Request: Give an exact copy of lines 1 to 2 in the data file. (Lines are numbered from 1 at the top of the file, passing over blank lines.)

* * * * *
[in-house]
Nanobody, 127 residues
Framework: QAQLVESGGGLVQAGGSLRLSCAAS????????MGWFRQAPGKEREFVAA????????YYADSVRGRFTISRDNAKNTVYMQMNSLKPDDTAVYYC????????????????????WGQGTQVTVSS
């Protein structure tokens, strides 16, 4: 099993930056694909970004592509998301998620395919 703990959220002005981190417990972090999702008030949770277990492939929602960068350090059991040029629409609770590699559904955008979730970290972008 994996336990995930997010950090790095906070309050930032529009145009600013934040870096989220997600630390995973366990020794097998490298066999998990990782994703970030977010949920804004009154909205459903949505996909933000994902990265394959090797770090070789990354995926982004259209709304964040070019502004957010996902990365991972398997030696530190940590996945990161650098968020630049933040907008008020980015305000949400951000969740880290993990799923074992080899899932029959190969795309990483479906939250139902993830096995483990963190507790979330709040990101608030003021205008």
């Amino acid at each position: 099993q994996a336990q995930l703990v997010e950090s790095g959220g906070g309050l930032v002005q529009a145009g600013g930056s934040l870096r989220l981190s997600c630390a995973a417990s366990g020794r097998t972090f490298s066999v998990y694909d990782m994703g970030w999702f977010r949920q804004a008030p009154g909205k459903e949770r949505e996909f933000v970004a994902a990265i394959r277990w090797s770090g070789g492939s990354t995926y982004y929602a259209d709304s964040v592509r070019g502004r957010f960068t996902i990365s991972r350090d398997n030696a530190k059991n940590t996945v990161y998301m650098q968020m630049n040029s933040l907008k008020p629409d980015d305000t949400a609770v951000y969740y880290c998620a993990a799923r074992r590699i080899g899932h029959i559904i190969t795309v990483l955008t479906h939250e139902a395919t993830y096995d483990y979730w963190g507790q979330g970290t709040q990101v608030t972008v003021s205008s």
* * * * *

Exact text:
[in-house]
Nanobody, 127 residues